Amazing, right? I tasted EVCLO for the first time two years ago at the Weston A. Price Foundation’s Wise Traditions Conference. At the time, Corganic was working hard to bring it to the U.S., and I’m happy to say I was one the first U.S. customers to place an order. (Or actually, a pre-order. The Rosita’s were still doing extensive testing on how to transport it to ensure maximum potency and freshness.)
Nearly two years later, a bottle of golden, liquid sunshine arrived on my doorstep. It was worth the wait – my kids like its mild, fishy flavor, and I love the great care with which it’s been produced.
Is Extra-Virgin Cod Liver Oil Pure?
The fjords of Northern Norway, where Rosita EVCLO is harvested, are some of the cleanest waters in the world. Though some companies produce cod liver oil from many types of cod mixed together, Rosita uses only the Gadus Morhua, the codfish most sought after for it’s beneficial properties. Their oils are tested often by a number of leading European Institutes, including “Institute of Aquaculture,” a leading internationally recognized aquaculture research institution based within the University of Stirling, Scotland, (United Kingdom), and a number of independent Norwegian laboratories and institutions.
Rosita cod liver oil has been tested for persistent organic pollutants (POPs) including pesticides (such as DDT), industrial chemicals (such as polychlorinated biphenyls, PCBs) and unintentional by-products of industrial processes (such as dioxins and furans). They have also been tested for heavy metals and microbiological contamination. Rosita extra-virgin cod liver oil consistently meets or exceeds the safety standards set by the stringent European Commission and WHO rules on environmental pollutants.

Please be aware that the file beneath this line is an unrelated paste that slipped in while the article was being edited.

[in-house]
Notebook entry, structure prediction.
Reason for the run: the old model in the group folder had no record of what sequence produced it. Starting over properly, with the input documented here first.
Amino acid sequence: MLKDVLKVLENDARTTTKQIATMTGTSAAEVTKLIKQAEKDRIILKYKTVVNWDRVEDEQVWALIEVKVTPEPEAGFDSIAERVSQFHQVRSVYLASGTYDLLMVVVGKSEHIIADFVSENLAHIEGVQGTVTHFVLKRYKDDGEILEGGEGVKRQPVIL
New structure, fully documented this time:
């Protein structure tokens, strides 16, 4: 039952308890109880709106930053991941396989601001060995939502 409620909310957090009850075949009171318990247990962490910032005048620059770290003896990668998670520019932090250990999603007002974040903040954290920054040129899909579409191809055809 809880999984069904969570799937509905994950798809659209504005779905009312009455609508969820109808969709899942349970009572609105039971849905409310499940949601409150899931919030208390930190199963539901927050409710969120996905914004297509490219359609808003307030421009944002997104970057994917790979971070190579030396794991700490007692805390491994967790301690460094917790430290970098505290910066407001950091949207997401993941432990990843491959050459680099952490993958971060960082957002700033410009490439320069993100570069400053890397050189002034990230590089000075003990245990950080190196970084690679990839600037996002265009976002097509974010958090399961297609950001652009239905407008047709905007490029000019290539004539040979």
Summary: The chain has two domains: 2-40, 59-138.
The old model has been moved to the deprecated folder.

In terms of purity, Rosita is superior in another way as well. Most brands of fish oil – including many cod liver oils – are “purified” using a chemical extraction process at very high temperatures. A good portion of the omegas and naturally occurring antioxidants are destroyed or stripped out, so manufacturers add specific essential fatty acids, vitamins, and antioxidants back into the oil. Unfortunately, most of the time they use synthetic vitamins and include artificial ratios of things like DHA and EPA. Though they may seem natural, they’re really not. Extra virgin cod liver oil contains only naturally occurring vitamins and fatty acids. Other than the addition of one drop of naturally derived vitamin E and rosemary oil per bottle to maintain freshness, Rosita’s oil is not altered in any way.
How Does It Taste?
It has a mild fishy taste. Definitely better than most cod liver oils I’ve tried.
This post was sponsored by Corganic. I was already a customer of theirs, but when they offered to send me another bottle of cod liver oil I didn’t say no. Never say no to butter, folks. Also, thank you for supporting companies that go the extra mile to bring us the best.
Norway landscape photo credits – Dan Corrigan of Corganic (top photo), Wikimedia commons (bottom photo)